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The purpose of this article is to examine the ways in which self-tracking data have meaning and value in and after the life of the creator, including how such data could…
The purpose of this article is to examine the ways in which self-tracking data have meaning and value in and after the life of the creator, including how such data could become part of the larger historical record, curated in an institutional archive. In doing so, the article expands upon existing shared interests among researchers working in the areas of self-tracking, human–computer interaction and archival science.
A total of 18 people who had self-tracked for six months or more were recruited for the study. Participants completed a survey which gathered demographic data and characteristics vis-à-vis their self-tracking behavior. In-person semi-structured interviews were then conducted to ascertain the beliefs of the participants regarding the long-term use and value of personal quantified-self data.
The findings reveal the value that people place on self-tracking data, their thoughts on proper modes for accessing their archive once it moves from the private to the public space, and how to provide fidelity within the system such that their experiences are represented while also enabling meaning making on the part of subsequent users of the archive.
Today’s quantified-self data are generally embedded in systems that create a pipeline from the individual source to that of the corporate warehouse, bent on absorbing and extracting insight from a totality of big data. This article posits that new opportunities for knowing and for design can be revealed when a public interest rationale is appended to rich personalized collections of small data.
This chapter provides an insider perspective on the Quantified Self (QS) community. It is argued that the overall approach and methods used in the QS community have not…
This chapter provides an insider perspective on the Quantified Self (QS) community. It is argued that the overall approach and methods used in the QS community have not been adequately described. Consequently, the aim of the chapter is to give an account of the work performed by self-trackers in what we coin the 1-Person-Laboratory (1PL). Additionally, the chapter describes other aspects of the 1PL, for example the methods, procedures and instrumentation that are being used and the knowledge sharing taking place in the QS community. With a point of departure in empirical cases it is demonstrated how QS self-trackers put their own questions, observations and subjective experience front and centre by using their own instrumentation and data sets in their personal laboratories. In the 1PL, the causalities that are looked for are not aimed at generalisation to an entire population; on the contrary, the causal connections on the level of the person are essential for discovery by the individual.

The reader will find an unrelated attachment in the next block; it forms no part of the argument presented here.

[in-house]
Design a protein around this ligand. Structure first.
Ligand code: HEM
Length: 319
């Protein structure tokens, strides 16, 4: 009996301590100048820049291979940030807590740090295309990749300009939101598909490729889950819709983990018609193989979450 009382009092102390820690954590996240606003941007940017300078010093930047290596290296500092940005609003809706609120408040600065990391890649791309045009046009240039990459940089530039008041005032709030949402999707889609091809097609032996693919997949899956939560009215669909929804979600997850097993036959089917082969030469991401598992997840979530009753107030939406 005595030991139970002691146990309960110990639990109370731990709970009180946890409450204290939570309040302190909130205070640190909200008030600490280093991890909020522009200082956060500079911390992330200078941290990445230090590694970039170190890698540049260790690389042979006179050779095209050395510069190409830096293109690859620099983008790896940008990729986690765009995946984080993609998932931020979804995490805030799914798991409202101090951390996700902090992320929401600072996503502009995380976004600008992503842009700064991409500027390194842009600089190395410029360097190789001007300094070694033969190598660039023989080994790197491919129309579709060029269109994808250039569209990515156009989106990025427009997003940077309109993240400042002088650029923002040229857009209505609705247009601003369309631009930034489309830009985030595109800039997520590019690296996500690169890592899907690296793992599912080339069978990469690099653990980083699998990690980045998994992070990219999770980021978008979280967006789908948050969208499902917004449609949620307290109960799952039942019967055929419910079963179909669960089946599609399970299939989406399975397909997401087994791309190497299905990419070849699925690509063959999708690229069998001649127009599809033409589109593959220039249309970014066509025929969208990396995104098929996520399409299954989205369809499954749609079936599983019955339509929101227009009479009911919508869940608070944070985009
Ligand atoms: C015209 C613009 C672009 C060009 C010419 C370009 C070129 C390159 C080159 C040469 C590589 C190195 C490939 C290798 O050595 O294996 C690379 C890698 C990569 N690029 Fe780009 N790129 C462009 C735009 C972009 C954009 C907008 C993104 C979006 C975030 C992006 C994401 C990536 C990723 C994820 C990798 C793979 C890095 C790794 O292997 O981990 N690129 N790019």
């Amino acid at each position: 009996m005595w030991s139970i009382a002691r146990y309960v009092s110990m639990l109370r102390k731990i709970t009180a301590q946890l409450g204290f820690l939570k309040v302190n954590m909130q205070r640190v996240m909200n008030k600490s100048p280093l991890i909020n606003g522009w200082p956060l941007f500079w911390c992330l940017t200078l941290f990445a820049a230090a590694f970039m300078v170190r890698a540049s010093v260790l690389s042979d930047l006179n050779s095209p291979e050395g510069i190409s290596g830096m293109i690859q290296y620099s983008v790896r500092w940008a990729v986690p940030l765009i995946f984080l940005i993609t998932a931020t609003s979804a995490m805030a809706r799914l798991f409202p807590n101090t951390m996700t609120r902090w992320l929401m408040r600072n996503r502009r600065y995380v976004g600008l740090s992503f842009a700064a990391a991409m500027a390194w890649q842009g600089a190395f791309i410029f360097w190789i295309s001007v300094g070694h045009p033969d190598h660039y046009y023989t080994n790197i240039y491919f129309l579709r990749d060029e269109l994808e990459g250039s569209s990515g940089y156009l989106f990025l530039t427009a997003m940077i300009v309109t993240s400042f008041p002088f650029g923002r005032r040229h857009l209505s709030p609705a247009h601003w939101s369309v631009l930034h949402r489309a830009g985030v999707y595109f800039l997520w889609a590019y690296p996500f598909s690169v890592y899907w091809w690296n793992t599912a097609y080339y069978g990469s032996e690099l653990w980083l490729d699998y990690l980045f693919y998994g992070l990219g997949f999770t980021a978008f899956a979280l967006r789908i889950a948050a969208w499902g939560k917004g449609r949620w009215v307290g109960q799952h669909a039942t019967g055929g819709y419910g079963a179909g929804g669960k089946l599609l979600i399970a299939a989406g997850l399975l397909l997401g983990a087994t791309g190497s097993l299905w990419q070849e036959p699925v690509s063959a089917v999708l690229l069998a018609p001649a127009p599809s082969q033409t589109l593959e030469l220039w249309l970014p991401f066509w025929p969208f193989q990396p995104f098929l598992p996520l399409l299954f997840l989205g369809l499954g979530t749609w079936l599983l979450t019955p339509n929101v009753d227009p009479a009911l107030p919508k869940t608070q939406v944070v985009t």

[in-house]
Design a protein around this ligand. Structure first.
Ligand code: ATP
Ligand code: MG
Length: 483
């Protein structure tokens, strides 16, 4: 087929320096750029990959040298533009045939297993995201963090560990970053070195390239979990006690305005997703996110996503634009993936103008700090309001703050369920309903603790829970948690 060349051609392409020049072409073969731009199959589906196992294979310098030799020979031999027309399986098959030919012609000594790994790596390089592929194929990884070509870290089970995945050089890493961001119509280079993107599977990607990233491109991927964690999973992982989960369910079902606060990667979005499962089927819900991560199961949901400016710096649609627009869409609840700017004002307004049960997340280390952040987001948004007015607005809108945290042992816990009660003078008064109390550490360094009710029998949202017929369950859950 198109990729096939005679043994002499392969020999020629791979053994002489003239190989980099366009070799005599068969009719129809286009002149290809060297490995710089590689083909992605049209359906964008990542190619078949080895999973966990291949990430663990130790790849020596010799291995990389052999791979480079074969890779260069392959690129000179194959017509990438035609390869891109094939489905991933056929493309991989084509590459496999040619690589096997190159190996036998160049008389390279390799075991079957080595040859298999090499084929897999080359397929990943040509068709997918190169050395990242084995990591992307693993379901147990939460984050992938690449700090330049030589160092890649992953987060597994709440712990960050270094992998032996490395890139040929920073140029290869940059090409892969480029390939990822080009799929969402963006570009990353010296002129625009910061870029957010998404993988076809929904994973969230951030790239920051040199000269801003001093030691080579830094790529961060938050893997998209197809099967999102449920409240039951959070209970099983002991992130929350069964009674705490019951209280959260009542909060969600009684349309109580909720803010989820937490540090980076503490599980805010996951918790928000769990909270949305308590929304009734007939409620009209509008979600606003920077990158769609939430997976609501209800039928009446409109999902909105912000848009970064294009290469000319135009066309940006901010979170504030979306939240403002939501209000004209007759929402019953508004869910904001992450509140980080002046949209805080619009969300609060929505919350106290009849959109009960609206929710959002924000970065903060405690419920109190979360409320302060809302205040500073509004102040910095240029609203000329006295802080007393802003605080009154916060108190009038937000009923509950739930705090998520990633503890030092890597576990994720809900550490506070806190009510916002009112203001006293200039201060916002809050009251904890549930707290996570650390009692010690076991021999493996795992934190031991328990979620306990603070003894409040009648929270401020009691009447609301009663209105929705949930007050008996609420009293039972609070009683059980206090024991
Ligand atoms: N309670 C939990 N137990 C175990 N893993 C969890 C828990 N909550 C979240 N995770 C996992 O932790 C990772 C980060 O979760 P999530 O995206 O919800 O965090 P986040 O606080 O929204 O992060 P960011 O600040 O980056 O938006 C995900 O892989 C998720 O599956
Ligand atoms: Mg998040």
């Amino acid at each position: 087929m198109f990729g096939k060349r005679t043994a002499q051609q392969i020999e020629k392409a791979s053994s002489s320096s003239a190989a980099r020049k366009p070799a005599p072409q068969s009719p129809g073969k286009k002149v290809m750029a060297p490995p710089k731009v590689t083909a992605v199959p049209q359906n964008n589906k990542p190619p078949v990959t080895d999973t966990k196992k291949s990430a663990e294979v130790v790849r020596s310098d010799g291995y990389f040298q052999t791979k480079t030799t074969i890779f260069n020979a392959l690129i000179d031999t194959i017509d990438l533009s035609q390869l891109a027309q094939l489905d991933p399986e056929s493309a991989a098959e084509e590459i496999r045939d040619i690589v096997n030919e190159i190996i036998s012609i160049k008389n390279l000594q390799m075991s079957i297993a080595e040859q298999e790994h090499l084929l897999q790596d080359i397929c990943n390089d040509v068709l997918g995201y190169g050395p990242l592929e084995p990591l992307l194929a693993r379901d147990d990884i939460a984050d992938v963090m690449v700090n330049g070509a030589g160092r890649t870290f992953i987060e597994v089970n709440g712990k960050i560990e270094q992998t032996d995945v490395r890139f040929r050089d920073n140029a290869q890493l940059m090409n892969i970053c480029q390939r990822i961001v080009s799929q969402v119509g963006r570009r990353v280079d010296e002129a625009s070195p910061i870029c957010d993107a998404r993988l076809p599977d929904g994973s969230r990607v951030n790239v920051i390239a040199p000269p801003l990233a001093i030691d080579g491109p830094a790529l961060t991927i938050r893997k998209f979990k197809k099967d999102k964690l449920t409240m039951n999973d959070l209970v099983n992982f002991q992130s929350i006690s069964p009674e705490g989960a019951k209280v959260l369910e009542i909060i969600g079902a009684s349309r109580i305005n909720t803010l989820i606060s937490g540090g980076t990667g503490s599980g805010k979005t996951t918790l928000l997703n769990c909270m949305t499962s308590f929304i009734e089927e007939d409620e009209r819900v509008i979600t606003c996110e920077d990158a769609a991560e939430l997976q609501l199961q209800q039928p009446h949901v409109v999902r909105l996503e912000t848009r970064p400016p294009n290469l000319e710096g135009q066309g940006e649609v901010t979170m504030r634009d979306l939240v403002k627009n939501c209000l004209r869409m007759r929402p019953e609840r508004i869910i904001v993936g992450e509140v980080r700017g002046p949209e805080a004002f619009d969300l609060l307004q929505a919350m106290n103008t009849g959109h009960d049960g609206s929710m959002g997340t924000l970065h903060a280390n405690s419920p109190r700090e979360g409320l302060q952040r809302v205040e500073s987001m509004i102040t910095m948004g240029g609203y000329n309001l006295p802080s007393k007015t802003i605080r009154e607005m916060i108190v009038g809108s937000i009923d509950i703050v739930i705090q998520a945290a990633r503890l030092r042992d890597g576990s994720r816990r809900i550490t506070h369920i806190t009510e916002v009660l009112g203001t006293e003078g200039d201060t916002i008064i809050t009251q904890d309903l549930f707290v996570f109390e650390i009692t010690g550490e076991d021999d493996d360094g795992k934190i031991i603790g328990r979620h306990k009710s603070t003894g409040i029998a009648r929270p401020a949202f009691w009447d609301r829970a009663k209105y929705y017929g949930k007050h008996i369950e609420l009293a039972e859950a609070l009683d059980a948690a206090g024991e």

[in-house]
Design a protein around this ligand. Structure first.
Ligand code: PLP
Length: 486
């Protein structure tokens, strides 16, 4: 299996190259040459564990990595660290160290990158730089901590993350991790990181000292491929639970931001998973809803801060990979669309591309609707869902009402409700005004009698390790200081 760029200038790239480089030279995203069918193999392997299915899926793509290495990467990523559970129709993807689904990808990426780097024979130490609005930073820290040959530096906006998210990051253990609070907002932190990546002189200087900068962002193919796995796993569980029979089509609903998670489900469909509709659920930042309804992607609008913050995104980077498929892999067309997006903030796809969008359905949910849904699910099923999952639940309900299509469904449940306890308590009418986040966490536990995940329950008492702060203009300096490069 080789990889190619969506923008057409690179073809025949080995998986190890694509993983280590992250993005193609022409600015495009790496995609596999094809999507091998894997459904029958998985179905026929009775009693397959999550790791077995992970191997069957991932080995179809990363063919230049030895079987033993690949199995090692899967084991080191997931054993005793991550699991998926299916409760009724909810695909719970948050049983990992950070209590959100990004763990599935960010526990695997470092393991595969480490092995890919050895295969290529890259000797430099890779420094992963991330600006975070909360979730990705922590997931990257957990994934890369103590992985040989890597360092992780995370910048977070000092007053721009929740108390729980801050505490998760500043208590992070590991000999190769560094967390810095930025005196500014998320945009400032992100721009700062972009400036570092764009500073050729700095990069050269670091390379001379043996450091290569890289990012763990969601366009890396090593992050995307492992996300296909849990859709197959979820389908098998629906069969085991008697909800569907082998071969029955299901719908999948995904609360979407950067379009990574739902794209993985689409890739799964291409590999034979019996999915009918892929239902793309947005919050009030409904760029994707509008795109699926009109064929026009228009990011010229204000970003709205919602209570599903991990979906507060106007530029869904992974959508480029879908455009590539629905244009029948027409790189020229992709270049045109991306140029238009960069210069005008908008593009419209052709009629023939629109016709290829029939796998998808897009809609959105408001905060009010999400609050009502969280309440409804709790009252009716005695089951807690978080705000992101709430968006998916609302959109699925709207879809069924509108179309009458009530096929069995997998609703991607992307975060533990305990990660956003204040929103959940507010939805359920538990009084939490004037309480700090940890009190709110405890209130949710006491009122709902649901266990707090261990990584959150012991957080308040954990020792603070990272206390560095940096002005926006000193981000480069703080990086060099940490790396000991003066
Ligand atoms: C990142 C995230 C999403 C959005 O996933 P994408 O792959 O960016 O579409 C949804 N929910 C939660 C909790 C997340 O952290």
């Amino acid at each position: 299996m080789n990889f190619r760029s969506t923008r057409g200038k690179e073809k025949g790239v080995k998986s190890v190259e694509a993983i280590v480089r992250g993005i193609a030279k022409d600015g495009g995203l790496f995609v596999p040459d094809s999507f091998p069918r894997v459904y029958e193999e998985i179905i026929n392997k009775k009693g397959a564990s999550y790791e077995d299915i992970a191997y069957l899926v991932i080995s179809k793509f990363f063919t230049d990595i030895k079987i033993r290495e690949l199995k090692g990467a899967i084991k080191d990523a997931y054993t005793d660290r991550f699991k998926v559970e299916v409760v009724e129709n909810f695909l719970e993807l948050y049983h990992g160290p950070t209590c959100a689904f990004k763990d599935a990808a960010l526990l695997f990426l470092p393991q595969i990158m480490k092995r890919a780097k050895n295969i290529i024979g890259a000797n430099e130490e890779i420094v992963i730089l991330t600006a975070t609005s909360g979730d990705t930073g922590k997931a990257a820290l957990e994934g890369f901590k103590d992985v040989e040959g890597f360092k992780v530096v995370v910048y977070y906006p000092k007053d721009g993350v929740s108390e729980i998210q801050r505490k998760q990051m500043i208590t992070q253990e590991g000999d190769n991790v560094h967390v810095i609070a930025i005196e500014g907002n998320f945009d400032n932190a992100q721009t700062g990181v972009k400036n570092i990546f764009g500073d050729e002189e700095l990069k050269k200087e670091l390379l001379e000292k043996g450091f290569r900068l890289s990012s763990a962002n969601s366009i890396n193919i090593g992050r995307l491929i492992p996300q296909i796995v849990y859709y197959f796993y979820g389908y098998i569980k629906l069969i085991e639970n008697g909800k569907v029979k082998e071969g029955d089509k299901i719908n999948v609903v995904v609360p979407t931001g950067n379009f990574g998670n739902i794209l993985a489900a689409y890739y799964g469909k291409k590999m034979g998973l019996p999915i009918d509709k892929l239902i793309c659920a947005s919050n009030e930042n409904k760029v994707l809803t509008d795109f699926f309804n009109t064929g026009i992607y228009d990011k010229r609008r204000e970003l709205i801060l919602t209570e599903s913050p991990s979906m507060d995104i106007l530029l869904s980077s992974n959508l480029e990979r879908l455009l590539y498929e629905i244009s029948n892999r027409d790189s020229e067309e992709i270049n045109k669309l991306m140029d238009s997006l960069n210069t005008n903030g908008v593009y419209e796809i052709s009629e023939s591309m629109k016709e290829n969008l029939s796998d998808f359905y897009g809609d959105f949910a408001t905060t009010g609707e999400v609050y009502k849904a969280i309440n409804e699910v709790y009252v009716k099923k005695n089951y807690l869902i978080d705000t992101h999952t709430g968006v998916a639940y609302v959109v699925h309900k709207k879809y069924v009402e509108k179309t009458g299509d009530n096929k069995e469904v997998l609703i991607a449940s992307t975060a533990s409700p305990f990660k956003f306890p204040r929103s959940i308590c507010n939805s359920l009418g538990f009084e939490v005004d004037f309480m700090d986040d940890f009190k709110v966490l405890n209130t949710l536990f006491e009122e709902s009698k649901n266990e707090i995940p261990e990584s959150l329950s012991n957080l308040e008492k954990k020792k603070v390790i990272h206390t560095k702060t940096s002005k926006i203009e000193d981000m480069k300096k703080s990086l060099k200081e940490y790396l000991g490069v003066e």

Contemporary society is characterized by extreme acceleration (Rosa, 2010). Time has become a scarce resource and individuals are forced to adhere to the demands of speediness. This condition is connected to the increased performance now required in many areas of daily life, an increase so profound that some authors refer to ours as a “doping society.”
This chapter argues that the practice of quantification exponentially increases the “managerializing” of the user. In this sense, the quantified-self (QS) can be thought of as something that helps people to organize their activities in the manner of the market. Individuals thus become self-entrepreneurs who, in keeping with the standard aims of neoliberalism, make use of their collected data in a fashion analogous to the way results are determined in a corporation’s Research & Development department. The self becomes an assortment of analyses by which measures of behaviors and habits are made, all in the name of producing an “objective report” on the user’s characteristics. The ultimate aim of all this is to improve certain parts of life so as to increase and optimize our productivity.
Metrics, data, algorithms and numbers play an unmistakably powerful role in today’s society. Over the years, their use and function have expanded to cover almost every…
Metrics, data, algorithms and numbers play an unmistakably powerful role in today’s society. Over the years, their use and function have expanded to cover almost every sphere of everyday life so much so that it can be argued that we are now living in a ‘metric culture’, a term indicating at once the growing cultural interest in numbers and a culture that is increasingly shaped by numbers, as Beer (2016) also argues. At the same time, metric culture is not only about numbers and numbers alone, but also links to issues of power and control, to questions of value and agency and to expressions of self and identity. Self-tracking practices are indeed a manifestation of this metric culture and a testimony to how measurement, quantification, documentation and datafication have all become important tropes for managing life and the living in contemporary society. In this introductory chapter, I provide a general contextualisation of the topic of this edited collection along with an overview of the different chapters and their key arguments.
Nowadays there are many digital tools and mediatised ways for self-tracking for the sake of gaining self-knowledge through numbers. In his recent book ‘Resonance’, Hartmut…